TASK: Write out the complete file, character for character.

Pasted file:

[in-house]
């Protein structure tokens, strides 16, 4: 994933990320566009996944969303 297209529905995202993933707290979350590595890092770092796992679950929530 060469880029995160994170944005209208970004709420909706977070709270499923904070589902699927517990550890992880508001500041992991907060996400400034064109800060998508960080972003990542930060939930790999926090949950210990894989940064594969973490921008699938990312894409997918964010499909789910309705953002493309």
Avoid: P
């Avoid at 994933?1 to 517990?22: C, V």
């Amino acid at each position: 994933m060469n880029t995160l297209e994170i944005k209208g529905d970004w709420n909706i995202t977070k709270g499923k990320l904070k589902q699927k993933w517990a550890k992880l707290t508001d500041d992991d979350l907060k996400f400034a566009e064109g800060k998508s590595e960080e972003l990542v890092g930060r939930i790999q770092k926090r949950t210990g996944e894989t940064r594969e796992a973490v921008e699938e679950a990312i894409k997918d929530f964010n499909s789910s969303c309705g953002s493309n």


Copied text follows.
[in-house]
């Protein structure tokens, strides 16, 4: 994933990320566009996944969303 297209529905995202993933707290979350590595890092770092796992679950929530 060469880029995160994170944005209208970004709420909706977070709270499923904070589902699927517990550890992880508001500041992991907060996400400034064109800060998508960080972003990542930060939930790999926090949950210990894989940064594969973490921008699938990312894409997918964010499909789910309705953002493309």
Avoid: P
């Avoid at 994933?1 to 517990?22: C, V």
């Amino acid at each position: 994933m060469n880029t995160l297209e994170i944005k209208g529905d970004w709420n909706i995202t977070k709270g499923k990320l904070k589902q699927k993933w517990a550890k992880l707290t508001d500041d992991d979350l907060k996400f400034a566009e064109g800060k998508s590595e960080e972003l990542v890092g930060r939930i790999q770092k926090r949950t210990g996944e894989t940064r594969e796992a973490v921008e699938e679950a990312i894409k997918d929530f964010n499909s789910s969303c309705g953002s493309n």